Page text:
Article

Incongruence effects in crossmodal emotional integration

Department of Psychiatry und Psychotherapy, RWTH Aachen University, Aachen, Germany.
NeuroImage (Impact Factor: 6.13). 10/2010; 54(3):2257-66. DOI: 10.1016/j.neuroimage.2010.10.047
Source: PubMed

ABSTRACT Emotions are often encountered in a multimodal fashion. Consequently, contextual framing by other modalities can alter the way that an emotional facial expression is perceived and lead to emotional conflict. Whole brain fMRI data was collected when 35 healthy subjects judged emotional expressions in faces while concurrently being exposed to emotional (scream, laughter) or neutral (yawning) sounds. The behavioral results showed that subjects rated fearful and neutral faces as being more fearful when accompanied by screams than compared to yawns (and laughs for fearful faces). Moreover, the imaging data revealed that incongruence of emotional valence between faces and sounds led to increased activation in the middle cingulate cortex, right superior frontal cortex, right supplementary motor area as well as the right temporoparietal junction. Against expectations no incongruence effects could be found in the amygdala. Further analyses revealed that, independent of emotional valence congruency, the left amygdala was consistently activated when the information from both modalities was emotional. If a neutral stimulus was present in one modality and emotional in the other, activation in the left amygdala was significantly attenuated. These results indicate that incongruence of emotional valence in audiovisual integration activates a cingulate-fronto-parietal network involved in conflict monitoring and resolution. Furthermore in audiovisual pairing amygdala responses seem to signal also the absence of any neutral feature rather than only the presence of an emotionally charged one.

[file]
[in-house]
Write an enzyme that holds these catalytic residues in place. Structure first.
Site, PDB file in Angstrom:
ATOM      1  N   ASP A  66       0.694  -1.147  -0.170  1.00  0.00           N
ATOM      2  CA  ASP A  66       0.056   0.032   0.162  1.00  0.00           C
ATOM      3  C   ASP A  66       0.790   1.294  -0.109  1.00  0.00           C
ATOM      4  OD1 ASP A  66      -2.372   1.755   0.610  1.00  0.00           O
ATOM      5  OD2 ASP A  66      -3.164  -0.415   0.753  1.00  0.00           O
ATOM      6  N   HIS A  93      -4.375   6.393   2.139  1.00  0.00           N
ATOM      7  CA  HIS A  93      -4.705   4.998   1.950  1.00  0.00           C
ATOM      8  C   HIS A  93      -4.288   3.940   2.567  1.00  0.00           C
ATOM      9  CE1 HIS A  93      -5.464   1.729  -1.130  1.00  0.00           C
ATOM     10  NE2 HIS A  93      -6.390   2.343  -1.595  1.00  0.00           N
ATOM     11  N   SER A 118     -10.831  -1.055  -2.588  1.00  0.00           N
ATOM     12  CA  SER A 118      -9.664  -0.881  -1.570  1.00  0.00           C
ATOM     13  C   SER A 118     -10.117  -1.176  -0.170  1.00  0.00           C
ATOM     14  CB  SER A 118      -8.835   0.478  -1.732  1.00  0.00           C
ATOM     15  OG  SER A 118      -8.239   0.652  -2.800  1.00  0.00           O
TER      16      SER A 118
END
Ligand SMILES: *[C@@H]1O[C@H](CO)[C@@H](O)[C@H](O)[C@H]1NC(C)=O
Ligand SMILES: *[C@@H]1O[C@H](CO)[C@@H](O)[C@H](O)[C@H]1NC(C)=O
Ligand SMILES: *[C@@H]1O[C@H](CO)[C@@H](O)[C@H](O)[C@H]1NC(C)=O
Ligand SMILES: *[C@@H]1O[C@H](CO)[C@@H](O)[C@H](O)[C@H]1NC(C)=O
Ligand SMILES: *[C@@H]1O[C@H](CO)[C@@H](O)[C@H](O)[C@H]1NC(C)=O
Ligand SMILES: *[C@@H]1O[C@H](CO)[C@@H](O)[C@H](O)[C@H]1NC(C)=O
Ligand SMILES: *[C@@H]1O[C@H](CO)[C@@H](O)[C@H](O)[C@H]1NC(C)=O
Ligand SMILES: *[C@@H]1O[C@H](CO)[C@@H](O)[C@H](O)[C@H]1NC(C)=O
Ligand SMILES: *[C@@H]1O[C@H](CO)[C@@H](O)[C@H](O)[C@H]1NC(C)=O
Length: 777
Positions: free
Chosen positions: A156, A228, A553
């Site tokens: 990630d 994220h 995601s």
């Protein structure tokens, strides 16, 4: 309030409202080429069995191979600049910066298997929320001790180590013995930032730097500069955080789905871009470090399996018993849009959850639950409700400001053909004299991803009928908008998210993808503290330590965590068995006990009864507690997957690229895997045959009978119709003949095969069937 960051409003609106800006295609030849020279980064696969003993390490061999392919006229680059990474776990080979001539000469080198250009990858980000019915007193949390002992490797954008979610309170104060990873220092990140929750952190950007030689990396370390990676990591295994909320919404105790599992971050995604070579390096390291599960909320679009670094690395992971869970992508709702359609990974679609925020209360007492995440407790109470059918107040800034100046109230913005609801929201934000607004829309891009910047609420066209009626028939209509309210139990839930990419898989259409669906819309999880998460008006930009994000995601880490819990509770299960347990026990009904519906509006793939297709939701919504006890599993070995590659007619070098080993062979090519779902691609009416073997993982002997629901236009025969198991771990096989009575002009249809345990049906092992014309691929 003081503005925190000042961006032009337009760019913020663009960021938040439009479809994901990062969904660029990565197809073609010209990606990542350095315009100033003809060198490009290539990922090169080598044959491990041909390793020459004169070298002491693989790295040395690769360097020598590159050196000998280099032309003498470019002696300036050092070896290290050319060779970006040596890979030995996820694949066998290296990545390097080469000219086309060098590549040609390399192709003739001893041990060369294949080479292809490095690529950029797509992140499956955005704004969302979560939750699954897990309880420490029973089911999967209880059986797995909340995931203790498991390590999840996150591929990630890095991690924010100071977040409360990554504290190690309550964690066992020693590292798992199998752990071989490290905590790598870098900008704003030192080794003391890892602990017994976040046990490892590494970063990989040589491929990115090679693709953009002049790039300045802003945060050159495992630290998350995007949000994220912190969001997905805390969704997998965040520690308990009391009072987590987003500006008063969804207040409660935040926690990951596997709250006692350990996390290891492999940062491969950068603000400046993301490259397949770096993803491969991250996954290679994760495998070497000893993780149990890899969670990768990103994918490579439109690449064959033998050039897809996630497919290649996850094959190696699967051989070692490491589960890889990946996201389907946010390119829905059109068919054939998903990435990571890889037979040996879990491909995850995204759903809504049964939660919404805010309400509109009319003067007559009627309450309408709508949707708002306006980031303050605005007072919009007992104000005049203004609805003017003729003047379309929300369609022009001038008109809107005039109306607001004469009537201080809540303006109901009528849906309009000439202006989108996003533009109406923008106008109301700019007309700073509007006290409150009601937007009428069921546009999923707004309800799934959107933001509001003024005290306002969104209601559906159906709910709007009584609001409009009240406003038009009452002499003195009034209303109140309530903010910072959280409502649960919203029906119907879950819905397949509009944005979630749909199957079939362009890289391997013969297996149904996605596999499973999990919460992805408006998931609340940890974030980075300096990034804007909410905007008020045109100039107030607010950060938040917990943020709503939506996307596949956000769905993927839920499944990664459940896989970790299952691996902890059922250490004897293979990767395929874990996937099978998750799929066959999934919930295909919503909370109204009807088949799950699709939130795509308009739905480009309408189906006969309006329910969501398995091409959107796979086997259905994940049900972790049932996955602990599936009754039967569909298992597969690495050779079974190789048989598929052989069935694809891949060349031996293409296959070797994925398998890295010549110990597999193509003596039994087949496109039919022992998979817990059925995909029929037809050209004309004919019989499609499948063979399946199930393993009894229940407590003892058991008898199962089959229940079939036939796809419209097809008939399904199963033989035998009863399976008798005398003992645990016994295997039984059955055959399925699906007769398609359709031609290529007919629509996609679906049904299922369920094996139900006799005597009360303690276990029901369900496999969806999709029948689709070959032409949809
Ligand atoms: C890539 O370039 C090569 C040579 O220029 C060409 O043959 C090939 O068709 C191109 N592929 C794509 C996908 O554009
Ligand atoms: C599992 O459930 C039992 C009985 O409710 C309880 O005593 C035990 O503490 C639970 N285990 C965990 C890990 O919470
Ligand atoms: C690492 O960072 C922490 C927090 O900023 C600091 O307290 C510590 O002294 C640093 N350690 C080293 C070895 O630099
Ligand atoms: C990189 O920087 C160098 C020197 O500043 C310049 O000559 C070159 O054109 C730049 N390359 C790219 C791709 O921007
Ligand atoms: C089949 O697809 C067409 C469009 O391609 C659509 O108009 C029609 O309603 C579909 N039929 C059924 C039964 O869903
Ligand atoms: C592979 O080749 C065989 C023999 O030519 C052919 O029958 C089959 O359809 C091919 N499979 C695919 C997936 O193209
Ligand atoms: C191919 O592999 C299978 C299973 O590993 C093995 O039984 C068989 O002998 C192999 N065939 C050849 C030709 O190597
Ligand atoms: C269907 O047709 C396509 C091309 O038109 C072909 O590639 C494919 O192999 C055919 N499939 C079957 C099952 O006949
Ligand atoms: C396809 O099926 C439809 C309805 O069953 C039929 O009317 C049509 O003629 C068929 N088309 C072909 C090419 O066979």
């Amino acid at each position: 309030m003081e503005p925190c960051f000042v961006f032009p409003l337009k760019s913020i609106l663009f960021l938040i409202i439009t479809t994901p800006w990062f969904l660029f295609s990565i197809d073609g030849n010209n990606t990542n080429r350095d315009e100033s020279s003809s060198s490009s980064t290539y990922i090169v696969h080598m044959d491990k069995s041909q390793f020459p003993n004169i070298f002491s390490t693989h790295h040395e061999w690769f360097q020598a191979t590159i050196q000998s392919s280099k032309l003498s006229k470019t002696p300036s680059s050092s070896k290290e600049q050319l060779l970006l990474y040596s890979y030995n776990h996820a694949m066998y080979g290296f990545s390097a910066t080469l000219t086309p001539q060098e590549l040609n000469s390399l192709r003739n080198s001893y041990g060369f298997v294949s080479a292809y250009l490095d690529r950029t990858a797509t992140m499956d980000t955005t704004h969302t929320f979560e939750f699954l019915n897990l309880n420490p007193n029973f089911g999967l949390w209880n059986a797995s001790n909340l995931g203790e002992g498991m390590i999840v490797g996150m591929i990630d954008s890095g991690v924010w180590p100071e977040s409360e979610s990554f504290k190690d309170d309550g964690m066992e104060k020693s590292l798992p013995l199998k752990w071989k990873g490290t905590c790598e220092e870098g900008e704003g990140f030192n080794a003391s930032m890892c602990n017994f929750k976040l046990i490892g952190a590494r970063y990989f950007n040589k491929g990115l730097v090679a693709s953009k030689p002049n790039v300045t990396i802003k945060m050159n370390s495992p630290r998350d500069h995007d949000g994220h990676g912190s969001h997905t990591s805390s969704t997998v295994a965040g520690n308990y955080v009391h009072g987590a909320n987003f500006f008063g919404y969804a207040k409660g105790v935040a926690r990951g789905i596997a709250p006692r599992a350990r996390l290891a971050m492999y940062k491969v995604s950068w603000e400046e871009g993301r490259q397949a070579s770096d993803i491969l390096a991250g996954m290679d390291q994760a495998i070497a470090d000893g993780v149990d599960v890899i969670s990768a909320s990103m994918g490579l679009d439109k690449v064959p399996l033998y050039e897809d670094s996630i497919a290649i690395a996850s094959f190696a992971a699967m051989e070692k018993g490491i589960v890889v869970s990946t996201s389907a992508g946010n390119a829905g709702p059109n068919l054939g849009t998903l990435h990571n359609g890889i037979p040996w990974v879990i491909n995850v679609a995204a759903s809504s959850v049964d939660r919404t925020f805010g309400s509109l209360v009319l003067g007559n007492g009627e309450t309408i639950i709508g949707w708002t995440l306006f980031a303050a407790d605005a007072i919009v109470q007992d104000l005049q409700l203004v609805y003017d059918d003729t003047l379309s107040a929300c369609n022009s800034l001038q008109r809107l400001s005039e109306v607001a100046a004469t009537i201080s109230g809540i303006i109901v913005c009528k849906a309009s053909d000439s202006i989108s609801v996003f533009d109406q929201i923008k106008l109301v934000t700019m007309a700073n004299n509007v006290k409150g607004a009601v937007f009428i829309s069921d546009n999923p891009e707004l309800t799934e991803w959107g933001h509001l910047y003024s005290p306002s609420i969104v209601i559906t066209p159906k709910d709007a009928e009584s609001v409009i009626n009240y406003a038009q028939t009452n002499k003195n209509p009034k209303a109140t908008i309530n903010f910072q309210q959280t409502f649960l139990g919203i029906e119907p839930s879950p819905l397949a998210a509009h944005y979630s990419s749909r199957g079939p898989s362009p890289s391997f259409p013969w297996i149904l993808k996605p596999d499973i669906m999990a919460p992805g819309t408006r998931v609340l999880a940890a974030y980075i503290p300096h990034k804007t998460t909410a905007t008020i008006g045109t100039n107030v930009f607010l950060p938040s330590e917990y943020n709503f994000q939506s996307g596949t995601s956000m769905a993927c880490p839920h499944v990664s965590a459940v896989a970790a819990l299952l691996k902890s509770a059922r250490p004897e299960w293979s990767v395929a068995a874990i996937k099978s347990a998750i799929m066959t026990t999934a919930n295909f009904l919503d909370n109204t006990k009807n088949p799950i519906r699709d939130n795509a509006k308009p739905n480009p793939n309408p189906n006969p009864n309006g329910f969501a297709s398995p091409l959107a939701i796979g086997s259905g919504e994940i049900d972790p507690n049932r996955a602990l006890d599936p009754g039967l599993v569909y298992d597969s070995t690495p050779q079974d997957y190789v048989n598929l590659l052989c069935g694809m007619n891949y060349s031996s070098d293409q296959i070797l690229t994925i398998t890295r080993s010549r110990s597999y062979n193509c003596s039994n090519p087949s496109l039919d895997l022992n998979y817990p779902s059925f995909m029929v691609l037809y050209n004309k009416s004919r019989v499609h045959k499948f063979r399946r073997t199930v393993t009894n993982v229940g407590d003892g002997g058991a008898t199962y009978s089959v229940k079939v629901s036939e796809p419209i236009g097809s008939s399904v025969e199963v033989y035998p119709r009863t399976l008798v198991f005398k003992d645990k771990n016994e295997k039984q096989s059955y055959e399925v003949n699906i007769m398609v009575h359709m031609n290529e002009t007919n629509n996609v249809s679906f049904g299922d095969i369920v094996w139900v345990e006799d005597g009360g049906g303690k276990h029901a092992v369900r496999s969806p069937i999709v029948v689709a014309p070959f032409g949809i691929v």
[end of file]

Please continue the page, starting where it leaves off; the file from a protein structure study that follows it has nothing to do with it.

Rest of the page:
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Available from: Simon B Eickhoff, Jun 02, 2015
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